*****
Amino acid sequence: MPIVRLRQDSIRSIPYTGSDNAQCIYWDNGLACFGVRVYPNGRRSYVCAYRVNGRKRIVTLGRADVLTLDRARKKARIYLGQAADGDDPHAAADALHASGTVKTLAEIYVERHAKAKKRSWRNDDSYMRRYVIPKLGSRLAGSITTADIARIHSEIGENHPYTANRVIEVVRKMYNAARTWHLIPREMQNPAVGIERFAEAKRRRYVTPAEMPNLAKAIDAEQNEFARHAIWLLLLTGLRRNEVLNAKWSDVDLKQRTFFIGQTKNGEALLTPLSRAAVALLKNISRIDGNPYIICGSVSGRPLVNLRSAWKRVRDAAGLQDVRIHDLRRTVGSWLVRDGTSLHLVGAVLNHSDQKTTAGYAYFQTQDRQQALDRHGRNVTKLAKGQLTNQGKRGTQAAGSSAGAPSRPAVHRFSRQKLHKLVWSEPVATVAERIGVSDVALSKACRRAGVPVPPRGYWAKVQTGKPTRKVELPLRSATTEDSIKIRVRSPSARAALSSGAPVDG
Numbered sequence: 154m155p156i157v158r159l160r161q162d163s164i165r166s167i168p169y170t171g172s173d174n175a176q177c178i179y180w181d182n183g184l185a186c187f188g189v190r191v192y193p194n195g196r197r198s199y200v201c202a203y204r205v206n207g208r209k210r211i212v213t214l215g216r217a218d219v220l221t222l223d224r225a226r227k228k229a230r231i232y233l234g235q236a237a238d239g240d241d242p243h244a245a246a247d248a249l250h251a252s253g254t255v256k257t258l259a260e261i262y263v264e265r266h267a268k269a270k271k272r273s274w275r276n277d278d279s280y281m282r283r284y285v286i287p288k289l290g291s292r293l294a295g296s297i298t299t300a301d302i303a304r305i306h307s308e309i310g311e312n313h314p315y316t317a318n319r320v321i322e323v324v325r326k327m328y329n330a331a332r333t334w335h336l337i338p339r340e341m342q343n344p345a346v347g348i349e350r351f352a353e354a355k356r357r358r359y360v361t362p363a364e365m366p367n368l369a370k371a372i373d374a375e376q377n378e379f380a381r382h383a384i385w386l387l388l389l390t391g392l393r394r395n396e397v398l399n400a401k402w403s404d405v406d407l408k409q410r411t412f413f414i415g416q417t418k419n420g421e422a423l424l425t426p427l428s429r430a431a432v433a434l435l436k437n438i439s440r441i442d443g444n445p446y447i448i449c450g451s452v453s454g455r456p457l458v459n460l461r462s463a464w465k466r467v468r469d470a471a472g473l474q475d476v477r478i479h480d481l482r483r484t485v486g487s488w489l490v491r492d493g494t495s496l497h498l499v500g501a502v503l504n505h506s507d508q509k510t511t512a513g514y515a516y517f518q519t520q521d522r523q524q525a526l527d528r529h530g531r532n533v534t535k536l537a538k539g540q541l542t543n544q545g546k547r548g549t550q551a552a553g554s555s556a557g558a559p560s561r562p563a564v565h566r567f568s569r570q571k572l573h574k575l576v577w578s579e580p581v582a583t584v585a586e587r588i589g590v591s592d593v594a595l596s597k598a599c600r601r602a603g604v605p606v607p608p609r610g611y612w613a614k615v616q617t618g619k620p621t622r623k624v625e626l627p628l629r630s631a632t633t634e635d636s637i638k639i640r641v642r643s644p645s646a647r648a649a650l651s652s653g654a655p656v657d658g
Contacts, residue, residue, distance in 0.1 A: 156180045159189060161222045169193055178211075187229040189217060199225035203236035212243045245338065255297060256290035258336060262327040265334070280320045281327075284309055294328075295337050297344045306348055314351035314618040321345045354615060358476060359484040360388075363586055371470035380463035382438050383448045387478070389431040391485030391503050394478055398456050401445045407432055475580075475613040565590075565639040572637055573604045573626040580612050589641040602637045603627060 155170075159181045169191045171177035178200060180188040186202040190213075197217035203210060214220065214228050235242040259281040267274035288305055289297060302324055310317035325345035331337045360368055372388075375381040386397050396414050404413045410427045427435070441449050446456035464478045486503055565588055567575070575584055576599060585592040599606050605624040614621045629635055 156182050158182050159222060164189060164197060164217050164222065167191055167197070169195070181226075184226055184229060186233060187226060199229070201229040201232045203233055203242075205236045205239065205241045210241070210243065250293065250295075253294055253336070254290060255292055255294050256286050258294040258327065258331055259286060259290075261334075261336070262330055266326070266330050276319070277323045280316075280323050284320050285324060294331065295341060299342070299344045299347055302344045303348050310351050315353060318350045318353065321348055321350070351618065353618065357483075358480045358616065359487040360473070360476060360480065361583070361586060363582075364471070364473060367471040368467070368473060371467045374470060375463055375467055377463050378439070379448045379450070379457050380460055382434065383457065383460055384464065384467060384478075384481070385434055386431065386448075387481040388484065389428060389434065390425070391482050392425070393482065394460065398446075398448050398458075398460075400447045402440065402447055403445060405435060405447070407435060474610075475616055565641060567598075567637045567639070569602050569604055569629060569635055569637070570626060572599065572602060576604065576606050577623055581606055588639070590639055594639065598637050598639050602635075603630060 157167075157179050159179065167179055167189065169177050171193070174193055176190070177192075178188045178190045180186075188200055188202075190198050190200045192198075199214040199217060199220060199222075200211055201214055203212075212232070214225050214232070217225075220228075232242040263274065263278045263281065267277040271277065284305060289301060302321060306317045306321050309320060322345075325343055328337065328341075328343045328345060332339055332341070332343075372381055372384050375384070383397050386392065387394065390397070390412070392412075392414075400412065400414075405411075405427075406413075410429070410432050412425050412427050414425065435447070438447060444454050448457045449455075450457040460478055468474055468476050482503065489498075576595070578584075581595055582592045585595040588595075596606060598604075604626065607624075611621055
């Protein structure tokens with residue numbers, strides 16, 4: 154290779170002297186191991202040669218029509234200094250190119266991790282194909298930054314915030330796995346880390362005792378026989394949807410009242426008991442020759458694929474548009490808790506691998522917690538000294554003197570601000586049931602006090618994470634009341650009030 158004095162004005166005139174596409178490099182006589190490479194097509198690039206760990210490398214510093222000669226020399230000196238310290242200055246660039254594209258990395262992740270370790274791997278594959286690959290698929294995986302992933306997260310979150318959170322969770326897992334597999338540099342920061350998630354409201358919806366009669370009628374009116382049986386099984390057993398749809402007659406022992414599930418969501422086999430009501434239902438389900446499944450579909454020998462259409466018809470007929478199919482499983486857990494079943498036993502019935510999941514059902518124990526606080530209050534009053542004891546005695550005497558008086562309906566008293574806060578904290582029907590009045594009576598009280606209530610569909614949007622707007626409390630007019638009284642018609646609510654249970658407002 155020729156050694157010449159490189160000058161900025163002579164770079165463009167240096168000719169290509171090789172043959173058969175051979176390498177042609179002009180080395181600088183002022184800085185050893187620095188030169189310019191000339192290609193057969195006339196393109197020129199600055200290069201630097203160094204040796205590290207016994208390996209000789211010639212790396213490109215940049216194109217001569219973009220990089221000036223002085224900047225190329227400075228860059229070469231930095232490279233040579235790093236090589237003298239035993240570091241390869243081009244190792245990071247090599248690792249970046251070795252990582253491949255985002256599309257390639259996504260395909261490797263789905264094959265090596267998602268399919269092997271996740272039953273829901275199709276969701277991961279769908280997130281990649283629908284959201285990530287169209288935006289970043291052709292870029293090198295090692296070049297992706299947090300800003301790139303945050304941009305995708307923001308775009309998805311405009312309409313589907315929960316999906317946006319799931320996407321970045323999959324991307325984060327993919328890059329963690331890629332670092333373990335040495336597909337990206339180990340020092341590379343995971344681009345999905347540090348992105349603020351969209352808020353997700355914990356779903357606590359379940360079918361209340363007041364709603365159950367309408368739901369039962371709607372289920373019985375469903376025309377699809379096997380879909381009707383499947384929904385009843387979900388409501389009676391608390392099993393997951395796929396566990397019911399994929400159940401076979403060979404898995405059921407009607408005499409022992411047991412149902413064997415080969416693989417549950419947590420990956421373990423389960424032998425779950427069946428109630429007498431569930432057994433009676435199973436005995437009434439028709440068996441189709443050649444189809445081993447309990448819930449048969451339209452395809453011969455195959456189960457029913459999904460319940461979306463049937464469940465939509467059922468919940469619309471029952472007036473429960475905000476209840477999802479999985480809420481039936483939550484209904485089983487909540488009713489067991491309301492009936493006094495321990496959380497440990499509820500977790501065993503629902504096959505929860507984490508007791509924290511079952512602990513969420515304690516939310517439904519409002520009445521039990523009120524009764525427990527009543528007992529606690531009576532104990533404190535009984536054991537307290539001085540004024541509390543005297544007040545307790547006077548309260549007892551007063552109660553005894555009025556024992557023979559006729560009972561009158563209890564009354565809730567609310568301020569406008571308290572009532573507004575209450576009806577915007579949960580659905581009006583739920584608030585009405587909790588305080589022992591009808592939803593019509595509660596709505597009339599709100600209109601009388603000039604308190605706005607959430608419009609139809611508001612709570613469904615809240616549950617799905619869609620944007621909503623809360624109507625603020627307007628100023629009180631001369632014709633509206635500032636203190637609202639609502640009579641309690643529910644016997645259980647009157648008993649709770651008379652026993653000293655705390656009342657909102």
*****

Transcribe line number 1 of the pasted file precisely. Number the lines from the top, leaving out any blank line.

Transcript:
Amino acid sequence: MPIVRLRQDSIRSIPYTGSDNAQCIYWDNGLACFGVRVYPNGRRSYVCAYRVNGRKRIVTLGRADVLTLDRARKKARIYLGQAADGDDPHAAADALHASGTVKTLAEIYVERHAKAKKRSWRNDDSYMRRYVIPKLGSRLAGSITTADIARIHSEIGENHPYTANRVIEVVRKMYNAARTWHLIPREMQNPAVGIERFAEAKRRRYVTPAEMPNLAKAIDAEQNEFARHAIWLLLLTGLRRNEVLNAKWSDVDLKQRTFFIGQTKNGEALLTPLSRAAVALLKNISRIDGNPYIICGSVSGRPLVNLRSAWKRVRDAAGLQDVRIHDLRRTVGSWLVRDGTSLHLVGAVLNHSDQKTTAGYAYFQTQDRQQALDRHGRNVTKLAKGQLTNQGKRGTQAAGSSAGAPSRPAVHRFSRQKLHKLVWSEPVATVAERIGVSDVALSKACRRAGVPVPPRGYWAKVQTGKPTRKVELPLRSATTEDSIKIRVRSPSARAALSSGAPVDG